And the long arm of the law, indeed, is reaching out to its targets with a monotonous regularity. It is not just the Malik, Kabir, RK trio who had felt its ample reach. High ranking members of the Yahapalanaya government, those who risked their lives working for the election of the Common Candidate, are also feeling the heat. Both Chairmen of the two State Banks were summoned before the Bond Commission, to spill the beans of what they knew of the alleged Treasury Bond scam. The former Central Bank Governor, appointed by the Prime Minister, no less, was specially singled out for a roasting by the Attorney General’s Department. The latest to be hauled before a court of law is the very individual who ‘loaned’ his political party and its symbol, the ‘Swan’, to the Common Candidate.
 
But the undisputed evidence that the law applies indiscriminately, without respecter of persons, starkly presented itself in the form of the arrest of the President’s brother, who was involved in a fatal accident, where the police refused to grant him bail.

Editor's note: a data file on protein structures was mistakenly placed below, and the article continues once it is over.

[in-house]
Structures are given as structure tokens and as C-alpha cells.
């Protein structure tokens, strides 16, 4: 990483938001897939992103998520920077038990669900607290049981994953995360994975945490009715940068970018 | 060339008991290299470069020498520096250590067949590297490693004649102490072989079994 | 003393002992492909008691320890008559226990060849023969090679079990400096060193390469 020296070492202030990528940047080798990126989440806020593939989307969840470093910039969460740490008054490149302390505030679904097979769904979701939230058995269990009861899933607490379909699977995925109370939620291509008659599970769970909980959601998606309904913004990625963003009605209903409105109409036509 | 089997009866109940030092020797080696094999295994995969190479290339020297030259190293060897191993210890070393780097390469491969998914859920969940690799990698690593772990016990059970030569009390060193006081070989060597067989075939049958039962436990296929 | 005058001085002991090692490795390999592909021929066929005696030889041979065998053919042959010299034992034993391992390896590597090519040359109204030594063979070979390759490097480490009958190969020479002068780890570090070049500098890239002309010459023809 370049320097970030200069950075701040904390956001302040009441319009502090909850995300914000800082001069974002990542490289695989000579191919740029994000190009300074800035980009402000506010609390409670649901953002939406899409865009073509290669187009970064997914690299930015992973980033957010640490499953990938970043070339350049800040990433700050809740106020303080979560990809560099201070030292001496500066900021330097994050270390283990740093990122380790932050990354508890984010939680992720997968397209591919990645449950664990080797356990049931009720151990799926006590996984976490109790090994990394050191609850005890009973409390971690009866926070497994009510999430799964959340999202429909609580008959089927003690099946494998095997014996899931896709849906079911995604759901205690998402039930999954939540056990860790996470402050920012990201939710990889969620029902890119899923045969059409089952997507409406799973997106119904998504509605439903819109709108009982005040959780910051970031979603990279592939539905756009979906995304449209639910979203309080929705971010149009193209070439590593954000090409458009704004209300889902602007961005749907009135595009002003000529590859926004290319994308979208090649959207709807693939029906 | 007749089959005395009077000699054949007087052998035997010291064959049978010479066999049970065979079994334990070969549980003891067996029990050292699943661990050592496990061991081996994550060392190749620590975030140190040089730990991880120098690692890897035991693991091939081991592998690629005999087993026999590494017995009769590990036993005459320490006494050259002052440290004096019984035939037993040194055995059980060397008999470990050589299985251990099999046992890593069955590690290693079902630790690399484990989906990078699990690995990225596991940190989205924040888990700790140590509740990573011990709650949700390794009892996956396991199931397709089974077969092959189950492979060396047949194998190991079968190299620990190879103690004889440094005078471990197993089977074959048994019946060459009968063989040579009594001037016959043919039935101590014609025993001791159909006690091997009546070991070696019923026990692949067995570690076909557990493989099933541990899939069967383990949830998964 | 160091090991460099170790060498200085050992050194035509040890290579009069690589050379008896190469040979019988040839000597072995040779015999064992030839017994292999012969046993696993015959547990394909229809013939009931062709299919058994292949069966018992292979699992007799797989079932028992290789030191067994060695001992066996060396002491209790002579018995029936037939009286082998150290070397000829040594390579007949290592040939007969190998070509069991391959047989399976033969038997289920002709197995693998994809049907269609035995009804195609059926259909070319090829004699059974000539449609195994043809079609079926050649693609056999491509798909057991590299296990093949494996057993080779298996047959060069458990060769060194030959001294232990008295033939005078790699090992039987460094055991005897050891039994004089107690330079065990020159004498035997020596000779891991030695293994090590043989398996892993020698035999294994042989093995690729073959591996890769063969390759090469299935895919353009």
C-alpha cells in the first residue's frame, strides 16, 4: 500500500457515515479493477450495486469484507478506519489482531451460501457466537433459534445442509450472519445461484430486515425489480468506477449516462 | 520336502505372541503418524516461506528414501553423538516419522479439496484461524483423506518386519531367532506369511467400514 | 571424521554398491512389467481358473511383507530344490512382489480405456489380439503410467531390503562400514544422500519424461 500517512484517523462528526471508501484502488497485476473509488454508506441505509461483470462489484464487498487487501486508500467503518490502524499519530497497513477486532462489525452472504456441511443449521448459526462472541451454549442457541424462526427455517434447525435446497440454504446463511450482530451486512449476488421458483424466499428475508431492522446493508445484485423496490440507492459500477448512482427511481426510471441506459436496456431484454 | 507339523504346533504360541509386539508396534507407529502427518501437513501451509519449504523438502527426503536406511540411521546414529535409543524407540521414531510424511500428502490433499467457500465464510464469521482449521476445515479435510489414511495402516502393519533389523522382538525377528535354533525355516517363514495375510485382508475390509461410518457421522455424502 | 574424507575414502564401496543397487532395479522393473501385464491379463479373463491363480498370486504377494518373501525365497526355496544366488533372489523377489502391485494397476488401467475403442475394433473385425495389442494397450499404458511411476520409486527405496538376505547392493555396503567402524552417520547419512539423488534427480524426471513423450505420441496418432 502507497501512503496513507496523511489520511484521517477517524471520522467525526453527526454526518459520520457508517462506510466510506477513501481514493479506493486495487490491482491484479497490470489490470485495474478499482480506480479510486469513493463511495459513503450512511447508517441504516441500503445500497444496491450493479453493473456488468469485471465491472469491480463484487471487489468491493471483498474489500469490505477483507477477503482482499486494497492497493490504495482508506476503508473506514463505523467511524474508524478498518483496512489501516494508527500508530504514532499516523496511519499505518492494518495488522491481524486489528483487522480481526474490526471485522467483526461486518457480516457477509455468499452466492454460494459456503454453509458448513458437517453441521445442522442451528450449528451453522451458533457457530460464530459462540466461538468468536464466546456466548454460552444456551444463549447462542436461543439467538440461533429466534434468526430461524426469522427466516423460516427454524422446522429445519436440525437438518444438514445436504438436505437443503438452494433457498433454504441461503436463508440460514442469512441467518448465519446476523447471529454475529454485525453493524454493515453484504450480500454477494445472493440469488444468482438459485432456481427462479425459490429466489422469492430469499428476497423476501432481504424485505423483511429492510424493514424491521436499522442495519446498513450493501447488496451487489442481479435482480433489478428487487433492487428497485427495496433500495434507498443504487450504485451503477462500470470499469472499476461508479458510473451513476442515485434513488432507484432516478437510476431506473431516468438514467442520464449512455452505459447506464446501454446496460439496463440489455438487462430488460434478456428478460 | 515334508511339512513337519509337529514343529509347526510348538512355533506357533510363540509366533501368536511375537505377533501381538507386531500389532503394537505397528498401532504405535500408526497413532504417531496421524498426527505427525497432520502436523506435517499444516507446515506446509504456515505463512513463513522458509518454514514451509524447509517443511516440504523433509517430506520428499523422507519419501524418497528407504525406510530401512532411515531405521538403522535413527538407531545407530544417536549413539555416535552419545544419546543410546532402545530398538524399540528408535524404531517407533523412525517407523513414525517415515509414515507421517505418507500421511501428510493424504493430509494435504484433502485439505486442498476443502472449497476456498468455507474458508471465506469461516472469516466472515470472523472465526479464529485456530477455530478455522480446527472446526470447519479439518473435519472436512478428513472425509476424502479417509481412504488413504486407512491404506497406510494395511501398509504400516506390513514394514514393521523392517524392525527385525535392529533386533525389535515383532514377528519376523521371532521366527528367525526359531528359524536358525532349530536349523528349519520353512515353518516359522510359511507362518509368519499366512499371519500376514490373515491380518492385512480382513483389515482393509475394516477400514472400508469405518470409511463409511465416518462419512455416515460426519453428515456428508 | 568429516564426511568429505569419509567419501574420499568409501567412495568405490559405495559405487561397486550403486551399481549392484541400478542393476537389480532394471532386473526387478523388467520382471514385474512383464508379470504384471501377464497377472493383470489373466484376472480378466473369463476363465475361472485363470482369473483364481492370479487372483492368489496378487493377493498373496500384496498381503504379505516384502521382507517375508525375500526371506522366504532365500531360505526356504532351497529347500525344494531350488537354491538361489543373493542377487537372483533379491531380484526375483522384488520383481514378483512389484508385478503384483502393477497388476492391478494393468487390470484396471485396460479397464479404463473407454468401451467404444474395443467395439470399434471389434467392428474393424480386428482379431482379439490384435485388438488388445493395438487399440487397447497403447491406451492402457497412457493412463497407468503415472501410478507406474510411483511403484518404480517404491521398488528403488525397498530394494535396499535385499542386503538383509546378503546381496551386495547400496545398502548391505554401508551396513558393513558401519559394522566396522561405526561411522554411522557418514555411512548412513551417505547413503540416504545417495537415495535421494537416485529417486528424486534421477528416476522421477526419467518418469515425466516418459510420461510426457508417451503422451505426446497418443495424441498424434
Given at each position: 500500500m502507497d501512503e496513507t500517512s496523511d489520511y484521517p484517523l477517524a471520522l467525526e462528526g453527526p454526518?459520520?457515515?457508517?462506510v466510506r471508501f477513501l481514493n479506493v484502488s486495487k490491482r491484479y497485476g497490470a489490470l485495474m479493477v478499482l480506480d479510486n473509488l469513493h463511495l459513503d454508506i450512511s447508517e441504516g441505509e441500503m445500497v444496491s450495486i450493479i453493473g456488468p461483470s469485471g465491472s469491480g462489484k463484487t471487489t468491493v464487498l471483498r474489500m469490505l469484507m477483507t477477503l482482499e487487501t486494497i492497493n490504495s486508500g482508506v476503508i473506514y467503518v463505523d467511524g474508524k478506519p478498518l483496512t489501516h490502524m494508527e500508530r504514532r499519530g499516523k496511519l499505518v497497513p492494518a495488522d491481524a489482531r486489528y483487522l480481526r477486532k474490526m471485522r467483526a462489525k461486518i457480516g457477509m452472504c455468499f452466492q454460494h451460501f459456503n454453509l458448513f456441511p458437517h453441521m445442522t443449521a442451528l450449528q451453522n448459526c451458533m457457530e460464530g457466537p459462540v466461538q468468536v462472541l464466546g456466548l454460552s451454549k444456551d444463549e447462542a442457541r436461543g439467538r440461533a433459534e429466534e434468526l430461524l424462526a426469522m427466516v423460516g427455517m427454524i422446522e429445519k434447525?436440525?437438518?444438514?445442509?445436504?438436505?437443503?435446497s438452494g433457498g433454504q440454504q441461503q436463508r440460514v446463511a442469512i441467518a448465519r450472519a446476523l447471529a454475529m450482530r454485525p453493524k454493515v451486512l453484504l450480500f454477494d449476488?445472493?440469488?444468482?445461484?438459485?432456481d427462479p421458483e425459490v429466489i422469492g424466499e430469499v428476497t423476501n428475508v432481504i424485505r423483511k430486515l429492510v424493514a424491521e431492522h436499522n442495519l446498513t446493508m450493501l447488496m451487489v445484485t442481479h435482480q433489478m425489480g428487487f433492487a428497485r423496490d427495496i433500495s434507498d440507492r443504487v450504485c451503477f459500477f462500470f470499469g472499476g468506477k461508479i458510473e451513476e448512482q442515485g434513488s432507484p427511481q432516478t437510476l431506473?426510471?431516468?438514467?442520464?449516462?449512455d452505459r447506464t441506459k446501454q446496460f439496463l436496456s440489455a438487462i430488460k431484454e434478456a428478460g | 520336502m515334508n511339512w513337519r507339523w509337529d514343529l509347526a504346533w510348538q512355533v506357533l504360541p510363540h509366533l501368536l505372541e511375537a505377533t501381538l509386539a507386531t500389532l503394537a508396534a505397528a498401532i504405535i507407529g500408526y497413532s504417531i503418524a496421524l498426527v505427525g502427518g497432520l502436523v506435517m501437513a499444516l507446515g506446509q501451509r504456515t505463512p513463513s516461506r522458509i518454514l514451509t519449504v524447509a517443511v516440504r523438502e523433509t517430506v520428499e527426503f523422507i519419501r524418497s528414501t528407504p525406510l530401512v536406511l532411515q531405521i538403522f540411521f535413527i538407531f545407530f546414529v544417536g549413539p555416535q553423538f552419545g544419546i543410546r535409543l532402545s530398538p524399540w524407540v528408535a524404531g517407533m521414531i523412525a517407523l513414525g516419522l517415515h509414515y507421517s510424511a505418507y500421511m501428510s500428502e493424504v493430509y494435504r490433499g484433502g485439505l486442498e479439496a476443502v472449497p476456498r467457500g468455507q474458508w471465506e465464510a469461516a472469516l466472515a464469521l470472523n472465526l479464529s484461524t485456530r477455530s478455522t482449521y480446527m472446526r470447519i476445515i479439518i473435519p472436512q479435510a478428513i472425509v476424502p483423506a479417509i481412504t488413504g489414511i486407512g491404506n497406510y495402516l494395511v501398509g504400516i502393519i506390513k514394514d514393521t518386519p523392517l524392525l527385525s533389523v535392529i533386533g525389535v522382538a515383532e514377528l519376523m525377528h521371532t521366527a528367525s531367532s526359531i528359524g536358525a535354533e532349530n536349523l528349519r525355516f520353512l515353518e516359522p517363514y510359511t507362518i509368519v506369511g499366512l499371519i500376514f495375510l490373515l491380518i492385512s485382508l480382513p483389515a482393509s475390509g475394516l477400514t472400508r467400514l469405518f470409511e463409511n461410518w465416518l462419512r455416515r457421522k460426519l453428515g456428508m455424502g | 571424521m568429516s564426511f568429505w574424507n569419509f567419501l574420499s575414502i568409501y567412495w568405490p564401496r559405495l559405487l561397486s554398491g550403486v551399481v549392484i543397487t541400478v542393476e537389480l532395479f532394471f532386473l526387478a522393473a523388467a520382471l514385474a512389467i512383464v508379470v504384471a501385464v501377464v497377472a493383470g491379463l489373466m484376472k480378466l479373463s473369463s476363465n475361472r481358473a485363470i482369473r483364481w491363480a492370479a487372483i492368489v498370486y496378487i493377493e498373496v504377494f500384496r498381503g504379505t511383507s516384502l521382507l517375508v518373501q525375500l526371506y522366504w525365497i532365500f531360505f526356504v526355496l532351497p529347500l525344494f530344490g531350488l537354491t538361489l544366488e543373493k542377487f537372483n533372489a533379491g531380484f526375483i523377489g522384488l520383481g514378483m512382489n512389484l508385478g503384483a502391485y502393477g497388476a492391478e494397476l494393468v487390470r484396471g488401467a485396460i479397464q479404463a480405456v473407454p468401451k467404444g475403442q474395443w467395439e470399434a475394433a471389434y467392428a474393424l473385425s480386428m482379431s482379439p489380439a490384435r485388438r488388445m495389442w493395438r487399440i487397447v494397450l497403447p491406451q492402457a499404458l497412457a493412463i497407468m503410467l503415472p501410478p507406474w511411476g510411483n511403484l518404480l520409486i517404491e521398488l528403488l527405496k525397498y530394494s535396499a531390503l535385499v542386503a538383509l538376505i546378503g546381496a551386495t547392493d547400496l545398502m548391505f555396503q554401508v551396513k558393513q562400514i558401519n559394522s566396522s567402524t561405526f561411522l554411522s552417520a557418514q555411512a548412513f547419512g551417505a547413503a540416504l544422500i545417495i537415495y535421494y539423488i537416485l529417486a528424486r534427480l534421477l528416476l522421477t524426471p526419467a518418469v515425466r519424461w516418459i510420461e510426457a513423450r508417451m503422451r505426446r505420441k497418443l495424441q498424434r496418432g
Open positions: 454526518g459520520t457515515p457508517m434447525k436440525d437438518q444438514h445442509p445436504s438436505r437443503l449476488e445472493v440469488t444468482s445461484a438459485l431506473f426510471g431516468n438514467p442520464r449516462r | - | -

Rewind the scenario to pre-January 8, 2015 and what did we have? A country where law and order was treated with contempt and where the minions of the Rajapaksas held sway, cocking a snook at the very law enforcement establishment (the grabbing of a policeman’s cap by a mob led by Wimal Weerawansa, after a phone call was made to Gota, the scene going viral on social media). Individuals such as Mervyn Silva and Duminda Silva virtually functioned as the de-facto law enforcement, the latter having his rape case withdrawn by the AG’s Department, curtsy the benign intervention of Mahinda Rajapaksa ,and the outlaw subsequently made a Monitoring MP, in charge, of all things, defence.